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Immunopharmacology. 1999 Nov;44(3):267-72.

Burkholderia cepacia is resistant to the antimicrobial activity of airway epithelial cells.

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Department of Pharmnnacy and Pharmacology, University of Bath, Claverton Down, UK.


There has been much interest recently in the antimicrobial properties of cationic peptides called beta-defensins from epithelial cells. Human beta-defensin (hBD)-1 and -2 have been particularly implicated in cystic fibrosis (CF) patients, where their inhibition by high salt concentrations may explain in part the susceptibility of the CF lung to bacterial infection. In this work, we have employed a simple co-culture system using the 16-HBE human bronchial epithelial cell line to assess growth inhibitory activity against Pseudomonas aeruginosa and Burkholderia cepacia. In medium alone, P. aeruginosa proliferated more than 100,000-fold, whereas in the presence of 16-HBE cells or 16-HBE-conditioned medium, bacterial proliferation was less than 100-fold. Raising the salt concentration of cell-free 16-HBE conditioned medium to approximately 200 mM significantly reduced this growth inhibitory activity. In contrast, there was no evidence of epithelial-derived growth inhibitory activity against two strains of B. cepacia. RT-PCR analysis indicated expression of the hBD-2 mRNA in 16-HBE cells, but not hBD-1. These data demonstrate for the first time that B. cepacia is resistant to epithelial-derived antimicrobial substances and argue against them being important in the defense against this organism in the lung.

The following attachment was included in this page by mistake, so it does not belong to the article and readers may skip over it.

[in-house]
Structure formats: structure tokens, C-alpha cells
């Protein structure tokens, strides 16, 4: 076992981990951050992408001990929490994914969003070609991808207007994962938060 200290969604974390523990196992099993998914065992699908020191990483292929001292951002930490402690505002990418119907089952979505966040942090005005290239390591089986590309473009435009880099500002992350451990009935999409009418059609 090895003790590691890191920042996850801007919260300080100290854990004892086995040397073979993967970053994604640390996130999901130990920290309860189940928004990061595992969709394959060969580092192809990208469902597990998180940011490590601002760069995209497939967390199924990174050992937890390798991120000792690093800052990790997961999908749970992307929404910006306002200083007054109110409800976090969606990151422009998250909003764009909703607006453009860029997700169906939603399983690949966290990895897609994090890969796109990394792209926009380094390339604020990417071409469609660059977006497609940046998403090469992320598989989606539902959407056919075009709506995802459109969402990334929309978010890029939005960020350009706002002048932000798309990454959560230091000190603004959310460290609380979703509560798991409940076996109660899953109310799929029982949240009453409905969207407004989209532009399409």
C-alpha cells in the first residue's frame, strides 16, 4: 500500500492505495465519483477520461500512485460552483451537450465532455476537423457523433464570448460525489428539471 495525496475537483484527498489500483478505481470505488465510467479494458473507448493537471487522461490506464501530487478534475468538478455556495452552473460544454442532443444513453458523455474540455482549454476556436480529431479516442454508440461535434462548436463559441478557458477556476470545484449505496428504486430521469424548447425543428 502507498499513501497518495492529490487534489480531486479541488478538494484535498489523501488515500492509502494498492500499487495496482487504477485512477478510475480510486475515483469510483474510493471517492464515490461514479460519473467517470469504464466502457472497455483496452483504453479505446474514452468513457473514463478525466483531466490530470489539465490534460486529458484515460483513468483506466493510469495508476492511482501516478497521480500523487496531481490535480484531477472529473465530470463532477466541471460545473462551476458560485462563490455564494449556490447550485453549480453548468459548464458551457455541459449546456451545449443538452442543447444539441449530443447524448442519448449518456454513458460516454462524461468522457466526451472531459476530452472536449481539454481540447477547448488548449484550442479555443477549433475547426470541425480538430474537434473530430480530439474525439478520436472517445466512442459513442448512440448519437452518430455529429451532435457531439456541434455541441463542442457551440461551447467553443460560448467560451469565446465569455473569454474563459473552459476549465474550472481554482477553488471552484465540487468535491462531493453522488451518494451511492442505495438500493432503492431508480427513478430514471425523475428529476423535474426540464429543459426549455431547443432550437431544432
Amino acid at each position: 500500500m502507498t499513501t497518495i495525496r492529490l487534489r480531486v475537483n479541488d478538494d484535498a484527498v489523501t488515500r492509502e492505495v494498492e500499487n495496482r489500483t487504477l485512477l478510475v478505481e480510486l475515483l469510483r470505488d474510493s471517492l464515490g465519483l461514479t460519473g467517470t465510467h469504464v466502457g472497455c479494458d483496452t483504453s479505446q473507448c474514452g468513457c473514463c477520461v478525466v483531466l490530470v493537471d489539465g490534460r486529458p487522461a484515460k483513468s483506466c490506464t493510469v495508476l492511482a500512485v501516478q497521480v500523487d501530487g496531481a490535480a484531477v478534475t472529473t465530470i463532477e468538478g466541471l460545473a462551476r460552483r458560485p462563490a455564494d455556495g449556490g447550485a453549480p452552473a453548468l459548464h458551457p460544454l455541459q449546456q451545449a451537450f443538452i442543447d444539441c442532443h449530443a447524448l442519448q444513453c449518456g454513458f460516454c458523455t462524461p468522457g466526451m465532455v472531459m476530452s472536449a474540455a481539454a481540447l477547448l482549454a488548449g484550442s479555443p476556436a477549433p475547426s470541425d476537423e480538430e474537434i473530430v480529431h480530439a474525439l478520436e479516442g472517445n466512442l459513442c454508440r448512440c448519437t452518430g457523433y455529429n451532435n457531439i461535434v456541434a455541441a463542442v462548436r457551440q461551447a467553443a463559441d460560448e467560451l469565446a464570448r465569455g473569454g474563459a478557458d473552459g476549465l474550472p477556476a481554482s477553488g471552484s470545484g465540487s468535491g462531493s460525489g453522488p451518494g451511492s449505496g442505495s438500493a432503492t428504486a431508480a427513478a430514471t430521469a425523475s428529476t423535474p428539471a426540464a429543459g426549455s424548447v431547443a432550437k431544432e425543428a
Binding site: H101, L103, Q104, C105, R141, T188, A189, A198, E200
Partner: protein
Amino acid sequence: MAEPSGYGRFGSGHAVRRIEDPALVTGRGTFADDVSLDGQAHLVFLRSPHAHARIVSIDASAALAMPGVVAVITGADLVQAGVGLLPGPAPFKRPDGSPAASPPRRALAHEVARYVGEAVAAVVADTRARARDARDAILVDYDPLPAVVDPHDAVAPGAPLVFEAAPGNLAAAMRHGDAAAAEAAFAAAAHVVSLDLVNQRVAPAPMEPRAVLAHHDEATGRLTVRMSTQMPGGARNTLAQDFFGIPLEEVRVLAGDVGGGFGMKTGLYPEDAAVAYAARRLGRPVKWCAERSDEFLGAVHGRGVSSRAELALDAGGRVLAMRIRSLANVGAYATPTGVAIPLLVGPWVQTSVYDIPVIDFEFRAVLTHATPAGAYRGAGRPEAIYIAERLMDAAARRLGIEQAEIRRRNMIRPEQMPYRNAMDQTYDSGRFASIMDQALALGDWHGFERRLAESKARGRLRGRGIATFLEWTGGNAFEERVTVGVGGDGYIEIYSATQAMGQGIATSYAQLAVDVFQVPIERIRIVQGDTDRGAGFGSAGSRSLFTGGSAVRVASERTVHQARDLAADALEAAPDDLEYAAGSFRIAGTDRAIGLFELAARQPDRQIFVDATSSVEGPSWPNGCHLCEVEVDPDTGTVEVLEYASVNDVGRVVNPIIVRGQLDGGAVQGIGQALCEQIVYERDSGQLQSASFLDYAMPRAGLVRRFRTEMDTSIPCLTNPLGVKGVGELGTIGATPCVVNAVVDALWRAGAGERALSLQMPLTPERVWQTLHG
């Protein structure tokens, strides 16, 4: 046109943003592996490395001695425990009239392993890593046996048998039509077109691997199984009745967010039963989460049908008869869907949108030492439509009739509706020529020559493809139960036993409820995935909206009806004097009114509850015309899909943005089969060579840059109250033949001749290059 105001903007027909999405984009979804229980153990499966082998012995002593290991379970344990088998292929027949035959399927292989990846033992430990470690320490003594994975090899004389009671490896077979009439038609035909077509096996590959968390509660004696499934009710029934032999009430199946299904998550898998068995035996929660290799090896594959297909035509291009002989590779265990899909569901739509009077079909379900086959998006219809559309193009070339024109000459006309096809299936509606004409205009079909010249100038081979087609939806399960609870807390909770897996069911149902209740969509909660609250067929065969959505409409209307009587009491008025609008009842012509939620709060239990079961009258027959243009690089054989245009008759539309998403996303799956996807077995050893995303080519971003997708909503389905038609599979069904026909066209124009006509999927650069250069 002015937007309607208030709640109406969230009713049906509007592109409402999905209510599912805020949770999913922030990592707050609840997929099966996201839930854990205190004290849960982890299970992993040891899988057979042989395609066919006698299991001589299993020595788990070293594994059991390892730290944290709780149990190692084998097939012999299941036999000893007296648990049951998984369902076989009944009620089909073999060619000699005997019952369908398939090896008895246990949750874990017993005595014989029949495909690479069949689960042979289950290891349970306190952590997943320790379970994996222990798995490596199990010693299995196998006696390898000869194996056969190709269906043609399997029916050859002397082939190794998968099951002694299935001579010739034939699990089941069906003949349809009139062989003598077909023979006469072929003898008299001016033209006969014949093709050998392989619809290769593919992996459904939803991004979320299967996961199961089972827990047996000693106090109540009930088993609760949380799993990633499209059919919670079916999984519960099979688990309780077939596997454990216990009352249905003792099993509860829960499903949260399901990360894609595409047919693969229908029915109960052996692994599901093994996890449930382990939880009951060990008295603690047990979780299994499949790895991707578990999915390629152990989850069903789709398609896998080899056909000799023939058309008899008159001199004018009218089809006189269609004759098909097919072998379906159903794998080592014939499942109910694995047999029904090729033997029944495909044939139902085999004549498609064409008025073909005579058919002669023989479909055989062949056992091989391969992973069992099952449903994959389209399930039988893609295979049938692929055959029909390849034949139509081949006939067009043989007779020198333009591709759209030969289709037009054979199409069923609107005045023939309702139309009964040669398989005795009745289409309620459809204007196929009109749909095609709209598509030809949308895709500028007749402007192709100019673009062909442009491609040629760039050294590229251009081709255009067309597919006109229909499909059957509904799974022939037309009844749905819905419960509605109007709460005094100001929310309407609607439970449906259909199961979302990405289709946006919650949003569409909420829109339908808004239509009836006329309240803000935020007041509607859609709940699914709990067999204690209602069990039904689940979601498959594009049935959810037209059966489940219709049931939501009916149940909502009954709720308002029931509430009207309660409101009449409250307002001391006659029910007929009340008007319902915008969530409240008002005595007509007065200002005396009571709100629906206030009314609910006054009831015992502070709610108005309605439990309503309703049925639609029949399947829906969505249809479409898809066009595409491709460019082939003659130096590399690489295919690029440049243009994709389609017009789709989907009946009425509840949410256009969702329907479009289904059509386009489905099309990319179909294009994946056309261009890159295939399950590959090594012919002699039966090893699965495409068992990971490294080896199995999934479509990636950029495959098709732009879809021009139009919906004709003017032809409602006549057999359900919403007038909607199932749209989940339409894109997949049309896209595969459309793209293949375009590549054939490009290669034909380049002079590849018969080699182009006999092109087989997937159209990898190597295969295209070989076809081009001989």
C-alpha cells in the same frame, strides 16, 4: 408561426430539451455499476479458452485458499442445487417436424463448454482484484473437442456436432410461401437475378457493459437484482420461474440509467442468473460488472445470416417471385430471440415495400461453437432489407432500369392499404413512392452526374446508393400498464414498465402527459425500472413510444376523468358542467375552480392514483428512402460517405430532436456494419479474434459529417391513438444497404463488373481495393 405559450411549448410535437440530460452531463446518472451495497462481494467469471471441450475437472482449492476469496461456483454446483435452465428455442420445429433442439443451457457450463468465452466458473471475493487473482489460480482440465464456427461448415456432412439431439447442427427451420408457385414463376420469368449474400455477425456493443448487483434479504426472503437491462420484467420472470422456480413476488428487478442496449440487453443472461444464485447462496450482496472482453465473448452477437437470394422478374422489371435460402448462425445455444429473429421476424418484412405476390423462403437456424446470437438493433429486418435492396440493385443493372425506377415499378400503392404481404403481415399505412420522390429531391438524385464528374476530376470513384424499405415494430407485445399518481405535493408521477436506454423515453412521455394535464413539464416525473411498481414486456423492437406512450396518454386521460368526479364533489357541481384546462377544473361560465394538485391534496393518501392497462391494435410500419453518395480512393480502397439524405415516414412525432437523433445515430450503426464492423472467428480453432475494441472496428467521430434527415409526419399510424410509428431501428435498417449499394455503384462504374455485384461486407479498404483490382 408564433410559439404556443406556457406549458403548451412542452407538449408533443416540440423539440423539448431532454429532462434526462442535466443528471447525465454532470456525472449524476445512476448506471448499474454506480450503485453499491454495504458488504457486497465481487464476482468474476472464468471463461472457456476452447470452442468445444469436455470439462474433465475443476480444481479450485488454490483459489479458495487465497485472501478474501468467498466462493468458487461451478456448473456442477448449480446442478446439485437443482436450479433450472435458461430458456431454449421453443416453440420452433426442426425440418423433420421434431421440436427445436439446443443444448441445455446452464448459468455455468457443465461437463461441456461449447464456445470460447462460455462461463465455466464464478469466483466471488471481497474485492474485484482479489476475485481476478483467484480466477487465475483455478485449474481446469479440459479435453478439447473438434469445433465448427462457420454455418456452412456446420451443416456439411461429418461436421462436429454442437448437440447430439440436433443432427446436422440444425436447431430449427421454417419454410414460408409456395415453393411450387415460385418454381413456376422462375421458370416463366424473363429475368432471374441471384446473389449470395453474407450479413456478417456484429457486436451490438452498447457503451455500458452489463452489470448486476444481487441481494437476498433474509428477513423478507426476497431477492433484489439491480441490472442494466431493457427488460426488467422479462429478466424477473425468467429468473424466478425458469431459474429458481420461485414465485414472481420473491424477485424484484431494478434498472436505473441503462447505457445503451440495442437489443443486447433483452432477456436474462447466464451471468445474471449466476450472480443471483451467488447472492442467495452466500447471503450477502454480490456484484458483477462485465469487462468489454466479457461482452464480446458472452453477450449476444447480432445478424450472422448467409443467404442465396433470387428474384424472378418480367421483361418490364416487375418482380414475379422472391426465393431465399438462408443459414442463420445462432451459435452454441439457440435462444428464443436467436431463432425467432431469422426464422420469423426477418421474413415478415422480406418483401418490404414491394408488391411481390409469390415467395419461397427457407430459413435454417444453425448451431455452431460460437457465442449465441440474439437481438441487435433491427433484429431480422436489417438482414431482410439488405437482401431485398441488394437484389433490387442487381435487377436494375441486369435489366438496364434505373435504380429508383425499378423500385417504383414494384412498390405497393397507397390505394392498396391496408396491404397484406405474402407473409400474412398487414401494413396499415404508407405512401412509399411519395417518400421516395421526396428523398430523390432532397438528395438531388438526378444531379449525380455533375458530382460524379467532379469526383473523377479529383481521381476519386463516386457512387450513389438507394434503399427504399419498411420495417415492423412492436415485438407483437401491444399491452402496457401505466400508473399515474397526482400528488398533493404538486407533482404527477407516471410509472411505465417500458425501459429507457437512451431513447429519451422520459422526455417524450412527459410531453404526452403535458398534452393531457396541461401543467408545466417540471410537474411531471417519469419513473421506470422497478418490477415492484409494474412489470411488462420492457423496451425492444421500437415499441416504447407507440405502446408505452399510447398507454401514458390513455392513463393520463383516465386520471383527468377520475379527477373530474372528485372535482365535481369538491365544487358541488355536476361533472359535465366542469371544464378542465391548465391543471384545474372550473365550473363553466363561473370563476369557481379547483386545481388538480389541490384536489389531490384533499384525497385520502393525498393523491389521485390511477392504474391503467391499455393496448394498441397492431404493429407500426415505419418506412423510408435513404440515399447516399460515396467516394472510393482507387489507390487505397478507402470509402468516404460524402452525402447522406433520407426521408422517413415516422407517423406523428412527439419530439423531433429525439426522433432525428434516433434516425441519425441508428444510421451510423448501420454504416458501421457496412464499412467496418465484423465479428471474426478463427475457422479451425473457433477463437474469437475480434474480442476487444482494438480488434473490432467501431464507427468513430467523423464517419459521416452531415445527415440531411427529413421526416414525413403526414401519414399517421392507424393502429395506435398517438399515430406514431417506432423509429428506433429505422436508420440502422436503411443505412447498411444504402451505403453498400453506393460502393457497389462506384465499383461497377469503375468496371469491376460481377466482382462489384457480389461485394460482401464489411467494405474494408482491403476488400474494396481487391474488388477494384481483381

[Indexed for MEDLINE]

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